"This group's desire to have good relations with China has prevented them from highlighting how little they know and suppressing occasional evidence that China views the United States as its main enemy."

The report has been sent to Thomas Fingar, a longtime intelligence analyst on China who was recently appointed by John D. Negroponte, the new director of national intelligence, as his office's top intelligence analyst.

Mr. Negroponte has ordered a series of top-to-bottom reviews of U.S. intelligence capabilities in the aftermath of the critical report by the presidential commission headed by Judge Laurence Silberman and former Sen. Charles Robb, Virginia Democrat.

According to the officials, the study was produced by a team of analysts for the intelligence contractor Centra Technologies.

Spokesmen for the CIA and Mr. Negroponte declined to comment.

Its main author is Robert Suettinger, a National Security Council staff member for China during the Clinton administration and the U.S. intelligence community's top China analyst until 1998. Mr. Suettinger is traveling outside the country and could not be reached for comment, a spokesman said.

John Culver, a longtime CIA analyst on Asia, was the co-author.

Among those who took part in the study were former Defense Intelligence Agency analyst Lonnie Henley, who critics say was among those who in the past had dismissed concerns about China's military in the past 10 years.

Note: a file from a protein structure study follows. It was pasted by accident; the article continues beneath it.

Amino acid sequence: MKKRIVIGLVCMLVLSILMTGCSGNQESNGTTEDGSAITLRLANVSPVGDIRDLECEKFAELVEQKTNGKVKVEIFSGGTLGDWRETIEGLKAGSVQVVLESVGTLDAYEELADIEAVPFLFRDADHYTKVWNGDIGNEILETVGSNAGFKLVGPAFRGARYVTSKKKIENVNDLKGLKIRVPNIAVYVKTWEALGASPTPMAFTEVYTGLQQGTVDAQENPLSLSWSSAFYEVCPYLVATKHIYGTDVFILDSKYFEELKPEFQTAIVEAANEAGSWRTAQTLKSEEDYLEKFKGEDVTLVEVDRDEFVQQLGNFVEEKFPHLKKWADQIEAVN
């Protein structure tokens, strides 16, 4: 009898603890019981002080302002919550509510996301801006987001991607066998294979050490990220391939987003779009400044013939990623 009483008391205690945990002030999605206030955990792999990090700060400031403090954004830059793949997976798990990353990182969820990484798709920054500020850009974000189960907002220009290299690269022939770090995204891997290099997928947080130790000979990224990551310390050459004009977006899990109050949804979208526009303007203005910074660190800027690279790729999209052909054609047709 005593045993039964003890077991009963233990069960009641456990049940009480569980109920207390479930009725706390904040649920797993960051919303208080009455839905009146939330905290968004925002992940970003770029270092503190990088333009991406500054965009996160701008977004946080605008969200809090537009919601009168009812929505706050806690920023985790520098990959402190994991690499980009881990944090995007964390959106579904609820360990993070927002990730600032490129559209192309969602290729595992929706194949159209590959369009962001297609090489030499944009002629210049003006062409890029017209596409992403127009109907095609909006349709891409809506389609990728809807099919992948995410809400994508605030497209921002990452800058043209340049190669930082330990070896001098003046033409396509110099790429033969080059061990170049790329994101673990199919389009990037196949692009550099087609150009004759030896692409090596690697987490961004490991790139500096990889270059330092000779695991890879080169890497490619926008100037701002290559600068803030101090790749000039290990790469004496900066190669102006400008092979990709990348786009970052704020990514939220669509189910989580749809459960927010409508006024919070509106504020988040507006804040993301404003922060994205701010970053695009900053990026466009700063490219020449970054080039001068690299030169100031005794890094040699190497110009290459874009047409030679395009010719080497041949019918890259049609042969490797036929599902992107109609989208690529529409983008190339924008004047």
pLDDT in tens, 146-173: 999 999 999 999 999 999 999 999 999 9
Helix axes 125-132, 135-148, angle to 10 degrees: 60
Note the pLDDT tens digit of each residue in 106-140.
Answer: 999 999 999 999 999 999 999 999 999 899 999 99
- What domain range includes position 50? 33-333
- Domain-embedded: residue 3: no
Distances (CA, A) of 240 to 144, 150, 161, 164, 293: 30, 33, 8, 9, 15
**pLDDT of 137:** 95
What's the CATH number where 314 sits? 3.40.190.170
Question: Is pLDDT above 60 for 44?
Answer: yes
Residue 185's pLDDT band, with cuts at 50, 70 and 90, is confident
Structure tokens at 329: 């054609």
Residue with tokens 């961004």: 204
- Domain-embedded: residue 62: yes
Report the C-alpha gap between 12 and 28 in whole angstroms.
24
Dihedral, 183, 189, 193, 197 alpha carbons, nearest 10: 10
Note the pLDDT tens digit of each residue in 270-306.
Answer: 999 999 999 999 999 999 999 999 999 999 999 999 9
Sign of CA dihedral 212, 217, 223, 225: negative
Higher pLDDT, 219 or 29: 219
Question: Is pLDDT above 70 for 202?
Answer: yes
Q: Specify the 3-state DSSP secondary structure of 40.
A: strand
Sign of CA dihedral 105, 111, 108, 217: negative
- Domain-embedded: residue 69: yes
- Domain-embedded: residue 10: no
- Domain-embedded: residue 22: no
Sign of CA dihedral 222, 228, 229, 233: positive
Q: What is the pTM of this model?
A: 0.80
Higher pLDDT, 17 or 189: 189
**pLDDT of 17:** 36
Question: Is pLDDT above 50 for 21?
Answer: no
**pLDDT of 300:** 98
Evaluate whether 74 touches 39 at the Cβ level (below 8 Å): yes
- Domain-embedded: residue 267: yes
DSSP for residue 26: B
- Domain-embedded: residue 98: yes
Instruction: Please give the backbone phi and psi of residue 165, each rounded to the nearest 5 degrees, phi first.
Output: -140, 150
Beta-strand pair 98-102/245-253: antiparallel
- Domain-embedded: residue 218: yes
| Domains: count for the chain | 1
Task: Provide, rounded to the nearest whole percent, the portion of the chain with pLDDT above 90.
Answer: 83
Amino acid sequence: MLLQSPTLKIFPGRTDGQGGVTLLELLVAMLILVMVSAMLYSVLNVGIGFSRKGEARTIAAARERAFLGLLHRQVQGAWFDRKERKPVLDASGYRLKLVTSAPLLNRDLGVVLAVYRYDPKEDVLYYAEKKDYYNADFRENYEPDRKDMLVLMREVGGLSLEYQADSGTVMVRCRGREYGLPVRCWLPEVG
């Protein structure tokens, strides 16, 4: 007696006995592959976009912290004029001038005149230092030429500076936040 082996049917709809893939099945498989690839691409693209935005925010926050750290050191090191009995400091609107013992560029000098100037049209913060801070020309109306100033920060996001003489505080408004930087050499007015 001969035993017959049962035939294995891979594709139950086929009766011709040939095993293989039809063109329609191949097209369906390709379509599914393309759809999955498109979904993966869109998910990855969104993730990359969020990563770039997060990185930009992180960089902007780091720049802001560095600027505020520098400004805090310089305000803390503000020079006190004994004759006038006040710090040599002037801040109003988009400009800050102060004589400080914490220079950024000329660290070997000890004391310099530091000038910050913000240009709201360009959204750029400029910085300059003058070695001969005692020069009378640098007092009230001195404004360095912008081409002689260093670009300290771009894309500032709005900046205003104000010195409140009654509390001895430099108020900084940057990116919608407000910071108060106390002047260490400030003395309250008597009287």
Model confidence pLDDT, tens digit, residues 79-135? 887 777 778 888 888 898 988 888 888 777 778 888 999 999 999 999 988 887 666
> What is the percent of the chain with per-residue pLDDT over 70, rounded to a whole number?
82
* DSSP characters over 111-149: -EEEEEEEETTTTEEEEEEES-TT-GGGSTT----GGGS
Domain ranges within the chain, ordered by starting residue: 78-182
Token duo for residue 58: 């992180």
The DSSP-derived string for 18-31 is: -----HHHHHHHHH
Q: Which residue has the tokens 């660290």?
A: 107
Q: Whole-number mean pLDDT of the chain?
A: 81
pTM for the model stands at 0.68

Also participating in the study was John F. Corbett, a former Army intelligence analyst and attache who was a China policy-maker at the Pentagon during the Clinton administration.

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From what I understand, China -U.S. relations aren't that bad. Aren't they on board with us in trying to disarm North Korea? And I'm sure that we spy and steal technology as much as anyone else.

My opinion...as long as China and the UK aren't with the opposition, then we are okay. Nobody else really matters.

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Analysts missed Chinese buildup

By Bill Gertz

THE WASHINGTON TIMES

A highly classified intelligence report produced for the new director of national intelligence concludes that U.S. spy agencies failed to recognize several key military developments in China in the past decade, The Washington Times has learned.

The report was created by several current and former intelligence officials and concludes that U.S. agencies missed more than a dozen Chinese military developments, according to officials familiar with the report.

The report blames excessive secrecy on China's part for the failures, but critics say intelligence specialists are to blame for playing down or dismissing evidence of growing Chinese military capabilities.

The report comes as the Bush administration appears to have become more critical of China's military buildup.

Defense Secretary Donald H. Rumsfeld said in Singapore over the weekend that China has hidden its defense spending and is expanding its missile forces despite facing no threats. Secretary of State Condoleezza Rice also expressed worries this week about China's expanding military capabilities.

Among the failures highlighted in the study are:

•China's development of a new long-range cruise missile.

•The deployment of a new warship equipped with a stolen Chinese version of the U.S. Aegis battle management technology.

•Deployment of a new attack submarine known as the Yuan class that was missed by U.S. intelligence until photos of the submarine appeared on the Internet.